Thursday, June 27, 2019

Travelling to the past?

S.Agustín, por Louis Comfort Tiffany
Lightner Museum
In his Confessions (Book XI, chapter 14), St. Augustine wrote these words, still valid today:
What then is time? If no one asks me, I know what it is. If I wish to explain it to him who asks, I do not know.
In the current situation of our scientific and philosophical knowledge, we still don’t know what time is.
·         For classical philosophy and Newton’s science, time is a property of the universe. Therefore, time would be absolute.
·         For Kant, time is an a priori form of human sensibility (i.e. a kind of mental container to which our sensory experiences adapt).
·         For Einstein, time is relative to the state of repose or movement of each physical object. There is, therefore, no absolute time.
·         For the standard cosmological theory, there is the possibility to define an absolute cosmic time for every physical object, measuring the time distance since the Big Bang to the present.
·         For the A theory of time (using J. McTaggart’s terminology) the flow of time is part of reality. The past no longer exists. The future does not yet exist. There is only the present. If the A theory is correct, travel to the past is impossible, because you cannot travel to what does not exist.
·         For the B theory of time, the flow of time is an illusion. Past, present and future exist simultaneously, but for each of us the past is no longer directly accessible, and the future is not yet accessible. Einstein adopted the B philosophy of time. In a condolence letter written to someone who had lost a beloved person, he wrote the following:
The distinction between past, present and future is only a stubbornly persistent illusion.

On the other hand, we have the concept of an arrow of time, proposed in 1927 by Arthur Eddington, of which there are several variants:
  1. The thermodynamic arrow, related to the second principle of Thermodynamics, which states that in a thermodynamically isolated system, entropy (which measures lack of energy organization) always increases.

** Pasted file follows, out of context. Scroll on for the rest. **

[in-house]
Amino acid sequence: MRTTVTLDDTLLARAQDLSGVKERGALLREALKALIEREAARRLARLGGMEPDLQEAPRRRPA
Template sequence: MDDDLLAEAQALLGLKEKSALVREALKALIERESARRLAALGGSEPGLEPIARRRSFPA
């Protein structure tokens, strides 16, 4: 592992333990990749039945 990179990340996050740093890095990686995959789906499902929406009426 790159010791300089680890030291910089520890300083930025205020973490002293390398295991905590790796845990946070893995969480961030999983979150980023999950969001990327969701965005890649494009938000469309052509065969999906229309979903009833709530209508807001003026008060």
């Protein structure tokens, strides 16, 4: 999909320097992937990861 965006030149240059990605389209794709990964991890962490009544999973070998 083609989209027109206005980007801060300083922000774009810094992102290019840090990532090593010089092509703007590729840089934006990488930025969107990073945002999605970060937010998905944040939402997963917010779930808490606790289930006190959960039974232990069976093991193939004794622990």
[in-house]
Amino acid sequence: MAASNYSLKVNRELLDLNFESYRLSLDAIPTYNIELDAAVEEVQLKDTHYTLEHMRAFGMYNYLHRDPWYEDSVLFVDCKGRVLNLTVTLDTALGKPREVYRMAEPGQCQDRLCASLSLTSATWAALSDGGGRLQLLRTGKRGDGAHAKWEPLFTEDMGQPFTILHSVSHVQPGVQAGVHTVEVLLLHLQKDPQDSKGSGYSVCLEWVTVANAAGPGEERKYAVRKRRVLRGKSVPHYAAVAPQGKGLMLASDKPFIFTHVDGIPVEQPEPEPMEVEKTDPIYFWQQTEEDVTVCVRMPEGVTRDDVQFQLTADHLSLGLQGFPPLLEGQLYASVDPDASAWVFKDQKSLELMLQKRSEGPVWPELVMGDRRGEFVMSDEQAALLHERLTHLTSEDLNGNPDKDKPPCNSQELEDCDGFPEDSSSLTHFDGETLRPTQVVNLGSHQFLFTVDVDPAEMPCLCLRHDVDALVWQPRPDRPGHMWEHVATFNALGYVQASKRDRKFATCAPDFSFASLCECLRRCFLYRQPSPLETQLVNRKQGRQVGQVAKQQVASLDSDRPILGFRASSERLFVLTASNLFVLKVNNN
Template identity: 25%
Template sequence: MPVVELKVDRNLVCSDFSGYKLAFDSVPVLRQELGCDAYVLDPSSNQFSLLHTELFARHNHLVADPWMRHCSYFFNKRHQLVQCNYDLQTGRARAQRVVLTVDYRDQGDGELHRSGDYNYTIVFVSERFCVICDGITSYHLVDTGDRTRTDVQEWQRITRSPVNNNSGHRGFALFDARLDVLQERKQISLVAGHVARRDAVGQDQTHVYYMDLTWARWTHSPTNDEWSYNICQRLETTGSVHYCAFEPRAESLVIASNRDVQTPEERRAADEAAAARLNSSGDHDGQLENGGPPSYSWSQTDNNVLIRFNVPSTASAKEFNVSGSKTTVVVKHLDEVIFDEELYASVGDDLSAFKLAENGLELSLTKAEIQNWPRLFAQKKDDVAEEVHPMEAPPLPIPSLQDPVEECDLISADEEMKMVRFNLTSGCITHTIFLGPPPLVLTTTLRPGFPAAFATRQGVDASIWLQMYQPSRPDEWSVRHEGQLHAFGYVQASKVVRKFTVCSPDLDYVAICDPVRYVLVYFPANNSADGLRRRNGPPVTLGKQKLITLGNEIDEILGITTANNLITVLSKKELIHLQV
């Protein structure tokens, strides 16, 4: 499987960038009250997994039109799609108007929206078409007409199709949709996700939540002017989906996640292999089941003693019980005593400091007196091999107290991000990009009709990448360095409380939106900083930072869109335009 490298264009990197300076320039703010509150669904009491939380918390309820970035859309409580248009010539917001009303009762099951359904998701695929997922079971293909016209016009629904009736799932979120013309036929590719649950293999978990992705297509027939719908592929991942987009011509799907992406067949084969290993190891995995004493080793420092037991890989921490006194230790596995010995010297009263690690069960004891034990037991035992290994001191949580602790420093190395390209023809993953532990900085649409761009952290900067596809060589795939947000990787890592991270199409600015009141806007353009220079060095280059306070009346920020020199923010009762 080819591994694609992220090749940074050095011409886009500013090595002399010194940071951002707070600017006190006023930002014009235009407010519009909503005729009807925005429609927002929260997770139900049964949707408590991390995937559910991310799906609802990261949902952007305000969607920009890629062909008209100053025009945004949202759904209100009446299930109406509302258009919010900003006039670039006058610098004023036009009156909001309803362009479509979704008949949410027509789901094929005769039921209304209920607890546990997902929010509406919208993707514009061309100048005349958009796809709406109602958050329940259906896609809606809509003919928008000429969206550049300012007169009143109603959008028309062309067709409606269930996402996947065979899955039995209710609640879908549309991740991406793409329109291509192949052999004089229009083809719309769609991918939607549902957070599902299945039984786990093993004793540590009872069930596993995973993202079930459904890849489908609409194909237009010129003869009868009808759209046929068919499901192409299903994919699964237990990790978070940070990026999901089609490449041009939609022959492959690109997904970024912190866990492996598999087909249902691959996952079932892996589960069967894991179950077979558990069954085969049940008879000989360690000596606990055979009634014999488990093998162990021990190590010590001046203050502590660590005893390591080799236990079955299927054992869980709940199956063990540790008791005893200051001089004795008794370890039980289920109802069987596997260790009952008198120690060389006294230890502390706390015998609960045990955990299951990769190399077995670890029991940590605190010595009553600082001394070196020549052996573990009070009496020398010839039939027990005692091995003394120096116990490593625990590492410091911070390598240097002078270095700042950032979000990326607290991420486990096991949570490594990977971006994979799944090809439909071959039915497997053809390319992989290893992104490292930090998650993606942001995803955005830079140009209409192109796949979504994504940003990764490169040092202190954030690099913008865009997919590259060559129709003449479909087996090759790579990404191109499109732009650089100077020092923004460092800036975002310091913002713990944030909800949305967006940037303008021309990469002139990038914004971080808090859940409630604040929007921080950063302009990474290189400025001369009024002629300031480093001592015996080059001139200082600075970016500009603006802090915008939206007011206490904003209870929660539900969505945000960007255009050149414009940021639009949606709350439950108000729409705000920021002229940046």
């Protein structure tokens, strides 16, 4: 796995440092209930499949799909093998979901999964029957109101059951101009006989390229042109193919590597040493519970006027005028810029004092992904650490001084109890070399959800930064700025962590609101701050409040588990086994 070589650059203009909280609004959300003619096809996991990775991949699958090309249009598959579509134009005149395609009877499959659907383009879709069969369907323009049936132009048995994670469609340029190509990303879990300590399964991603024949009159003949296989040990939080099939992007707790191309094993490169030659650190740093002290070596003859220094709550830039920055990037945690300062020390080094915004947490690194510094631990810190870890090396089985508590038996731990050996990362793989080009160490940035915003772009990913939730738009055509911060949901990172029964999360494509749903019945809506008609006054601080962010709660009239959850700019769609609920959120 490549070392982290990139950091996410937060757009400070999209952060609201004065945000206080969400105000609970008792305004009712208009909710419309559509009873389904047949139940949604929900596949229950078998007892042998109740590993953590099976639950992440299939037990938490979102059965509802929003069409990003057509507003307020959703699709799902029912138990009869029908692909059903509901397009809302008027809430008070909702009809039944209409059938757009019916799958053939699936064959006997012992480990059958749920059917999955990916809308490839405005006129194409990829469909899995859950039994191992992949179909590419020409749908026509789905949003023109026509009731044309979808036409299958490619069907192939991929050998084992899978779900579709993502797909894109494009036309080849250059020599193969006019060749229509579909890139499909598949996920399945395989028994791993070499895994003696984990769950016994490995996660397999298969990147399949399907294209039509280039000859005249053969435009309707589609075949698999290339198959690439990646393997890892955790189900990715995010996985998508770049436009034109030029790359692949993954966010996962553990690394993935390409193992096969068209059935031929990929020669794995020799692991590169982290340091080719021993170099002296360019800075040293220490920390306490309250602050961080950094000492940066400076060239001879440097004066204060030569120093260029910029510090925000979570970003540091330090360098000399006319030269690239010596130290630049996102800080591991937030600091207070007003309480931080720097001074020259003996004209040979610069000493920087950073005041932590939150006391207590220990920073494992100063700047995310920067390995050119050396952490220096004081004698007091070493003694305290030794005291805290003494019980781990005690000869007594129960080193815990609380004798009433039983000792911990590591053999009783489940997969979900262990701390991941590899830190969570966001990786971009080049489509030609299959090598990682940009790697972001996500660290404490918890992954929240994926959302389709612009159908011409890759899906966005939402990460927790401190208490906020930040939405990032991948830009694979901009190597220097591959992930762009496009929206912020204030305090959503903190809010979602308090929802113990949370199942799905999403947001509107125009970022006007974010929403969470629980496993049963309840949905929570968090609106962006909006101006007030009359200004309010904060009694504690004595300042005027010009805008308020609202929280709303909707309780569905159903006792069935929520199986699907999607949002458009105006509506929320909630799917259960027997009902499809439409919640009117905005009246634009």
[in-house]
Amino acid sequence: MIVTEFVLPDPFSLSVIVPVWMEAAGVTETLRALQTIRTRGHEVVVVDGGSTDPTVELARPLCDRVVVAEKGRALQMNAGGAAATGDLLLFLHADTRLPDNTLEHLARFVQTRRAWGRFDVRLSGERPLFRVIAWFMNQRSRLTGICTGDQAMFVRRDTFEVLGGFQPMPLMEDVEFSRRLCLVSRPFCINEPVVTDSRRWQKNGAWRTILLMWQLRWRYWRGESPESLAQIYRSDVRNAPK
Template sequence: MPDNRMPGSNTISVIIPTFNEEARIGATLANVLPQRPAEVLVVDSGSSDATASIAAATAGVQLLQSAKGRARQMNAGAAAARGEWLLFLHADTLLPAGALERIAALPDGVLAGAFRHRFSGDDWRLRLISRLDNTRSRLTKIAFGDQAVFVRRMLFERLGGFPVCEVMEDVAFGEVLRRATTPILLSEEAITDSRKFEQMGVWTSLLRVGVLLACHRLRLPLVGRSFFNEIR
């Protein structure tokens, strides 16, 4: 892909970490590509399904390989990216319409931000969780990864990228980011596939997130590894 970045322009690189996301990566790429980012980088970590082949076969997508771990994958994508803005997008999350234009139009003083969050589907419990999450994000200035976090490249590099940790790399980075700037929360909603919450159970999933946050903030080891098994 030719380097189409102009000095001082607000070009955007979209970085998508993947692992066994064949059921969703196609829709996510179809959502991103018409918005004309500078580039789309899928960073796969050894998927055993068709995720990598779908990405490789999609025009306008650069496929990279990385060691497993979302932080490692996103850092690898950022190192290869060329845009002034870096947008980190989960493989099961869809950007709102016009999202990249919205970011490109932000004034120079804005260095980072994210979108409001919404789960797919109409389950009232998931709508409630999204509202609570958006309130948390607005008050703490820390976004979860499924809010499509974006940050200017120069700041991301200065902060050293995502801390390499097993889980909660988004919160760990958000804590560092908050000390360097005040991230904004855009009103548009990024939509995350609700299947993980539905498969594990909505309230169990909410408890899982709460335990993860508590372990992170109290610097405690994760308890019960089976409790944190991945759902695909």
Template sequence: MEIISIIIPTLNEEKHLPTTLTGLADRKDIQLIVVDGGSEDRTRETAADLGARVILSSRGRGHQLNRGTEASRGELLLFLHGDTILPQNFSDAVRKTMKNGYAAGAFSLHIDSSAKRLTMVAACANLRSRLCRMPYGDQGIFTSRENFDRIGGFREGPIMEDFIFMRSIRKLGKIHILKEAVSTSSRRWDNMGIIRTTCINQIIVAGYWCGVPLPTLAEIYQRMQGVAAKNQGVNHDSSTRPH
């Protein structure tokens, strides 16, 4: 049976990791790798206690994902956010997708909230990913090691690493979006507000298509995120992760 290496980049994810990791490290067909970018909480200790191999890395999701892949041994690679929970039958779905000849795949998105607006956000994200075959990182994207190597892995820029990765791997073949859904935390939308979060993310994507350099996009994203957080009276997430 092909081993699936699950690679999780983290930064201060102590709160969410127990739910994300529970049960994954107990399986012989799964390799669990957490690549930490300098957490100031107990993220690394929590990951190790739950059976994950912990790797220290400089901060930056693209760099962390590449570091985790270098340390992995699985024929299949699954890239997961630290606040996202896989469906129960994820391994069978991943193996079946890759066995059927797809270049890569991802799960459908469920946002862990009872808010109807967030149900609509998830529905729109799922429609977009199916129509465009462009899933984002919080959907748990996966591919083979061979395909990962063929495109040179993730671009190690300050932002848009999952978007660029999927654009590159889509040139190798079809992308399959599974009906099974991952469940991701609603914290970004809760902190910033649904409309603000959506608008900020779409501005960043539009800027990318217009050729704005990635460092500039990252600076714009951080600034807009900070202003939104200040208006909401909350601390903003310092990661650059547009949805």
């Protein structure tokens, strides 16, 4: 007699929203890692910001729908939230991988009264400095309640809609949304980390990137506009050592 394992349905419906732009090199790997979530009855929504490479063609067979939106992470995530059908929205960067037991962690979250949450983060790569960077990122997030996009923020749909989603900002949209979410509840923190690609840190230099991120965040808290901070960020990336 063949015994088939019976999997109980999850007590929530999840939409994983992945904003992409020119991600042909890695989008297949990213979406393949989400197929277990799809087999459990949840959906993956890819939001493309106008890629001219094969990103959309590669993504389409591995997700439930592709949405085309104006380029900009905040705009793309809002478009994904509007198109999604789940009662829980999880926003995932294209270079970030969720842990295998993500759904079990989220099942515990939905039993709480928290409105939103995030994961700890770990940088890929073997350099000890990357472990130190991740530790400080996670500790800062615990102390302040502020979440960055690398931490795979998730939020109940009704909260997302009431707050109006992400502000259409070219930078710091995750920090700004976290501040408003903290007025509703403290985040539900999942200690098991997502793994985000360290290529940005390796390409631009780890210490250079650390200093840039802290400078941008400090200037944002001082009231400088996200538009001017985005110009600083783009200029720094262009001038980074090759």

2. The cosmological arrow, for the universe had its origin in the Big Bang and since then it evolves continuously.
  3. The psychological arrow, which makes it possible for us to distinguish the past from the future.
A few weeks ago, some media outlet claimed that a Russian team has managed to reverse the flow of time in the laboratory, sending an electron to the past. A few days later, the news had fizzled out. As usual, the media have goofed on a scientific news, although the fault is not always exclusively theirs, for scientists use sometimes communication facilities to exaggerate their results and increase the media impact of their research.
The first thing to note is that the article in question, describing the experiment, has been available in arXiv for over a year, so it isn’t easy to see why it suddenly became food for journalistic exaggerations.
In the second place, what this article describes is not an experiment carried out in a laboratory, as some media have suggested, but a computer simulation. There wasn’t, therefore, a travel to the past, but a simulation of something that may not be a travel to the past, as we’ll see below.
Third, what the article describes is the passage of an electron from a more probable to a less probable state. In other words, a supposed transgression of the second principle of thermodynamics. Yes, there are people who identify (incorrectly, in my opinion) the thermodynamic arrow of time with the flow of time. This identification is far from proven.
Alan Turing
Fourth, the article and its recent popularization in the media insist on pointing out that the simulation was carried out in an IBM quantum computer. This is irrelevant, for a quantum computer, as Turing proved more than 80 years ago, can solve just the same problems as an ordinary computer. Yes, it may be able to solve some problems much more quickly (although this has not yet been proven), but it does not have the ability to solve any new problems.
Let’s hope this example is a lesson for the media, so they won’t try to count their eggs before they are hatched when they see the possibility of giving an impact headline to some news in the scientific field. That headline seldom corresponds to reality.

The same post in Spanish
Thematic thread on Time: Preceding Next
Manuel Alfonseca

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